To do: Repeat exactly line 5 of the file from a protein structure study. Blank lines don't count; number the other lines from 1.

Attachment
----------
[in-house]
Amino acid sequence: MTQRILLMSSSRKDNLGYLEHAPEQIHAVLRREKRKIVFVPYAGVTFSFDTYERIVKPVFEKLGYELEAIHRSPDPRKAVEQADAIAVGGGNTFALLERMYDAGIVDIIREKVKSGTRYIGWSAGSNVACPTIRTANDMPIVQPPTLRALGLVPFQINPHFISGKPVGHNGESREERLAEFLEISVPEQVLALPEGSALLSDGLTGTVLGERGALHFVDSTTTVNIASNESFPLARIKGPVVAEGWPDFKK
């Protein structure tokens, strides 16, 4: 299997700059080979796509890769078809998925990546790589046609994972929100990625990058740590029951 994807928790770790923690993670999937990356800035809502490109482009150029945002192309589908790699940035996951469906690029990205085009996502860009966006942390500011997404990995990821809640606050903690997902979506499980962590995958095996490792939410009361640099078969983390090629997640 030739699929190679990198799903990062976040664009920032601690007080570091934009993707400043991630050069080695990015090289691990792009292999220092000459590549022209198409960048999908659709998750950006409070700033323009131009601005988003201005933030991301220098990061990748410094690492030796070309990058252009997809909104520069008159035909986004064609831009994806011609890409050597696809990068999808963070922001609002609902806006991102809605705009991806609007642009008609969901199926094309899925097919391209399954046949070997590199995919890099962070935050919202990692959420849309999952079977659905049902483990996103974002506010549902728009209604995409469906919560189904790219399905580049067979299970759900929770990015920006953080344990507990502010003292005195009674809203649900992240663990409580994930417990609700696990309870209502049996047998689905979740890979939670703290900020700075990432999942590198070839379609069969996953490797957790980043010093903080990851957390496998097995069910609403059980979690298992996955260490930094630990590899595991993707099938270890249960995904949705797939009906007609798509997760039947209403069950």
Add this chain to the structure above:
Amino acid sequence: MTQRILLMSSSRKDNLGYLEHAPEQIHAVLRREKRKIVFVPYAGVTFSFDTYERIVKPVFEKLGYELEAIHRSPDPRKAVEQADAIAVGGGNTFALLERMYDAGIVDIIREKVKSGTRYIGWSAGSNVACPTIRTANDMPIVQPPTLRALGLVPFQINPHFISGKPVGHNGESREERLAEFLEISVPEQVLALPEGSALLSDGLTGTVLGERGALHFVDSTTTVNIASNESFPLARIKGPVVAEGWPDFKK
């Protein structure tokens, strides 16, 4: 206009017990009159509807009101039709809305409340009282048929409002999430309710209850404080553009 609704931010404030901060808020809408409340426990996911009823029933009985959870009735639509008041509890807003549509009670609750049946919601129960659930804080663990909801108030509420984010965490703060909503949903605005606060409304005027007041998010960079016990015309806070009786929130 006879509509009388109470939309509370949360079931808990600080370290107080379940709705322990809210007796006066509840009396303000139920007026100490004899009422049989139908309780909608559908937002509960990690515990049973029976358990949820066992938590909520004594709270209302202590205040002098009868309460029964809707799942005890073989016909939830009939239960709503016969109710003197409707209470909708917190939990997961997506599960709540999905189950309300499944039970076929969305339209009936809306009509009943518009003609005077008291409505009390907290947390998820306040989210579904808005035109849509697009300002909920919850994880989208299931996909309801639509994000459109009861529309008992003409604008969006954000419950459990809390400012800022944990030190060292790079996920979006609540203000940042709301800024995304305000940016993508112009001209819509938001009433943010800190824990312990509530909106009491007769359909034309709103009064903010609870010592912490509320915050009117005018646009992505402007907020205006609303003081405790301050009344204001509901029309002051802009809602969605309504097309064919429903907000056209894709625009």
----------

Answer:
Amino acid sequence: MTQRILLMSSSRKDNLGYLEHAPEQIHAVLRREKRKIVFVPYAGVTFSFDTYERIVKPVFEKLGYELEAIHRSPDPRKAVEQADAIAVGGGNTFALLERMYDAGIVDIIREKVKSGTRYIGWSAGSNVACPTIRTANDMPIVQPPTLRALGLVPFQINPHFISGKPVGHNGESREERLAEFLEISVPEQVLALPEGSALLSDGLTGTVLGERGALHFVDSTTTVNIASNESFPLARIKGPVVAEGWPDFKK